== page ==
In order to be as moisture resistant as possible, the wood needs to absorb oil deeply. It is therefore a good idea to apply excess oil, allow it to soak in for 30-45 minutes, then wipe the wood with a soft cloth that absorbs well and leaves no lint. Wiping is mandatory because otherwise the wood becomes sticky. Apply the oil with a soft cloth or brush, on both sides, on the edges, including the cut-outs. After 24 hours, the time needed for drying, the operation is repeated. This allows 2-4 coats to be applied. The wood must be properly dried (8-12% moisture content), sanded and stripped.

bath countertop

Protecting with moisture-resistant varnishes or paints

Those who do not trust oil or want a more durable finish that also ensures the mechanical resistance of protected surfaces can use varnishes or paints. They need to be moisture resistant because otherwise they bleach and flake. This is the case with nitrocellulose varnish, which is widely known and used. It is a nice-looking varnish, but very poorly resistant to moisture. It is not recommended for table tops either, let alone bathroom counter tops.

The most resistant varnishes in such cases are two-component varnishes, i.e. varnishes with chemical curing. This is the case polyurethane varnishes, acrylic, polyester. The chemical reaction between the two components of the varnish will result in a film with very good mechanical and physical-chemical resistance. The finished countertop or furniture will be much more resistant to moisture, scratches, abrasions and knocks. In this case too, the application must be made on both sides, on edges and in cut-outs. Apply 2-3 coats of varnish (or 1-2 primer + 1 varnish), with sanding between coats to obtain a surface as pleasant to the touch as possible.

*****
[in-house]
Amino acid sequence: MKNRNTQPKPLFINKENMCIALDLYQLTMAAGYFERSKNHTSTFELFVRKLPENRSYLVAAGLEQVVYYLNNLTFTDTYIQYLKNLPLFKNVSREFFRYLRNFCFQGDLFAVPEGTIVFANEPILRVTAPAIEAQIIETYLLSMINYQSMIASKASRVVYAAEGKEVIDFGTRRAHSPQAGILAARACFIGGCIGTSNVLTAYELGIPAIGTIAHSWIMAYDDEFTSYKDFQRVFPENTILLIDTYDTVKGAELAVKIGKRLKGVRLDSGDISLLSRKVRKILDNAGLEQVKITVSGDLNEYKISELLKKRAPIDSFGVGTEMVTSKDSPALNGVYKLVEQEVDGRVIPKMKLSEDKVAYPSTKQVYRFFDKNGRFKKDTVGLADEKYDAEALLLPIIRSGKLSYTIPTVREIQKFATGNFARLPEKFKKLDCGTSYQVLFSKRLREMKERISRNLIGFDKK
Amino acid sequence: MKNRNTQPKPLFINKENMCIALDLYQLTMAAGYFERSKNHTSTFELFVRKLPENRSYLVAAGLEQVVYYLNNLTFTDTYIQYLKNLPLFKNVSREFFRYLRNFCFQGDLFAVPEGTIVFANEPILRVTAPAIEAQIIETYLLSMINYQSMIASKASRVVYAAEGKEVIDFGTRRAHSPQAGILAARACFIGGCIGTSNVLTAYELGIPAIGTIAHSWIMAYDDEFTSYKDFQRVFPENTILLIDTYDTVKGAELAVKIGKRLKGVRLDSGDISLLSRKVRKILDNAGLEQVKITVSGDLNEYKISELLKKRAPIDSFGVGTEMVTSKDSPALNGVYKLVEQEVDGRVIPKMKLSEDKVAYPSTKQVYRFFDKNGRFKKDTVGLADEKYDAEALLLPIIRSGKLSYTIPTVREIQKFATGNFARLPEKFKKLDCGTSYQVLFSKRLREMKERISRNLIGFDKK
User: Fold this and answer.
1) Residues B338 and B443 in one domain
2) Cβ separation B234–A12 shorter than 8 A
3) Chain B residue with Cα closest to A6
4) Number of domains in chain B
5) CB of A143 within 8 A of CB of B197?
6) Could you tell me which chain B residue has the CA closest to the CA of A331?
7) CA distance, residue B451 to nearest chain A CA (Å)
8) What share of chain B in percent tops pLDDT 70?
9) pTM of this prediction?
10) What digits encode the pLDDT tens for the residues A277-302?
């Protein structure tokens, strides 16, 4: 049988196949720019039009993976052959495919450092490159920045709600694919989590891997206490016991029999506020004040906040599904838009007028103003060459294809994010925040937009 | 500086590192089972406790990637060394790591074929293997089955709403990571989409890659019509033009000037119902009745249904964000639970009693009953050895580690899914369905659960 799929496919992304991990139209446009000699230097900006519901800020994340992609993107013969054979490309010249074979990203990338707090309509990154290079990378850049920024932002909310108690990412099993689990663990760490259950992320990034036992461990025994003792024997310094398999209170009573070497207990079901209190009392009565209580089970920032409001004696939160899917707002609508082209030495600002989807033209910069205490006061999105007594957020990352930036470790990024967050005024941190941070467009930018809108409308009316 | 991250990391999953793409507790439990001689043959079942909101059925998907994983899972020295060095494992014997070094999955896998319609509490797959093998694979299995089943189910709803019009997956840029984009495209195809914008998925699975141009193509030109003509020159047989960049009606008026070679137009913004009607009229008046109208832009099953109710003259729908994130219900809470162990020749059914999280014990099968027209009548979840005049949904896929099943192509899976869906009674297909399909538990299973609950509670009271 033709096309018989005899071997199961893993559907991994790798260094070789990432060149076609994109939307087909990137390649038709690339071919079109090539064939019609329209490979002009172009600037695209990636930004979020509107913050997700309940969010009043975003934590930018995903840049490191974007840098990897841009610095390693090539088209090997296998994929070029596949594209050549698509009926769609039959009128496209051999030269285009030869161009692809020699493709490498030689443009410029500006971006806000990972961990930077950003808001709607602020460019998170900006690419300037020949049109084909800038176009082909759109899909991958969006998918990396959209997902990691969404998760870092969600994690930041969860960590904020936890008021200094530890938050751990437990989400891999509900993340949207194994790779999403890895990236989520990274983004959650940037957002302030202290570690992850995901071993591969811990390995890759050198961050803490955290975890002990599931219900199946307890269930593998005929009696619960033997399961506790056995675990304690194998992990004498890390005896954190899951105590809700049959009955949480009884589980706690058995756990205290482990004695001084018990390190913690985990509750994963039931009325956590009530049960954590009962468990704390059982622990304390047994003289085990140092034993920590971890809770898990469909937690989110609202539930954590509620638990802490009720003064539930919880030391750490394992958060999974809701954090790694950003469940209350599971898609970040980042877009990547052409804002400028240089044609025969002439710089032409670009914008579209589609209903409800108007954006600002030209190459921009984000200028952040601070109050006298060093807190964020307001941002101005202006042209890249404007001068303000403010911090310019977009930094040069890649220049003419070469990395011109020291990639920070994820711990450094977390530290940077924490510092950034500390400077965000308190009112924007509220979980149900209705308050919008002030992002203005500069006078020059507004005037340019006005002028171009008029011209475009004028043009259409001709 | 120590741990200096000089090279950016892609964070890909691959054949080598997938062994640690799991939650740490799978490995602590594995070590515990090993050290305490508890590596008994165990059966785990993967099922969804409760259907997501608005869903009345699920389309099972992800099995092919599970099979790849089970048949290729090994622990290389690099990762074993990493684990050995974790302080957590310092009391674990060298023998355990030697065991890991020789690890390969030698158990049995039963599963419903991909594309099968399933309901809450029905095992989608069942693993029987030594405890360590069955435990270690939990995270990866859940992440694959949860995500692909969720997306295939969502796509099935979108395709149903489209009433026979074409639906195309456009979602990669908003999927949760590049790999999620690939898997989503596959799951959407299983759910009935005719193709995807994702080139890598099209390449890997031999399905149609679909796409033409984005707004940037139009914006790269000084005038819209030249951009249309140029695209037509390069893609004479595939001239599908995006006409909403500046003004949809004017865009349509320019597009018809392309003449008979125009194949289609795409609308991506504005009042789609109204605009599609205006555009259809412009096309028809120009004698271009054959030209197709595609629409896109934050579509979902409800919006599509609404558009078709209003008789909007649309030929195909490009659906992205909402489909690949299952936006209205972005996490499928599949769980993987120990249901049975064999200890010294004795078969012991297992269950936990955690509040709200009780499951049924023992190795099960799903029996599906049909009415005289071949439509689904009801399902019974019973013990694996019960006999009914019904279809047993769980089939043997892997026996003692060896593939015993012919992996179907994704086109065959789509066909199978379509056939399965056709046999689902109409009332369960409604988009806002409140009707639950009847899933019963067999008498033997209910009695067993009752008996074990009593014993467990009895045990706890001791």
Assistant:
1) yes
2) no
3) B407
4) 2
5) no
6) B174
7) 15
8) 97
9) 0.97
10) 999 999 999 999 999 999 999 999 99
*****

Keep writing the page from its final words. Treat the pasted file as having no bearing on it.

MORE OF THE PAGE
If you are planning to protect the wood in your bathroom yourself, I recommend using water-based varnishes to avoid inconvenience caused by solvent evaporation. Even if they are not hardened they are strong enough to protect the wood from moisture. There is a possibility that the varnished surface may take on an opalescent appearance if it comes into contact with water immediately after drying. Don't panic! Water-based varnish has a longer deep drying period (up to 2-3 weeks), during which time it can absorb more of the existing moisture. The opalescence will disappear if you remove the source of moisture. Recovery will be faster if there is a heat source. It is a good idea to leave the worktop on for at least 48 hours after finishing before water reaches the surface.

bath countertop

Rules to follow for a durable finish

To make the finish last as long as possible, thus protecting your bathroom countertop or furniture, I recommend the following: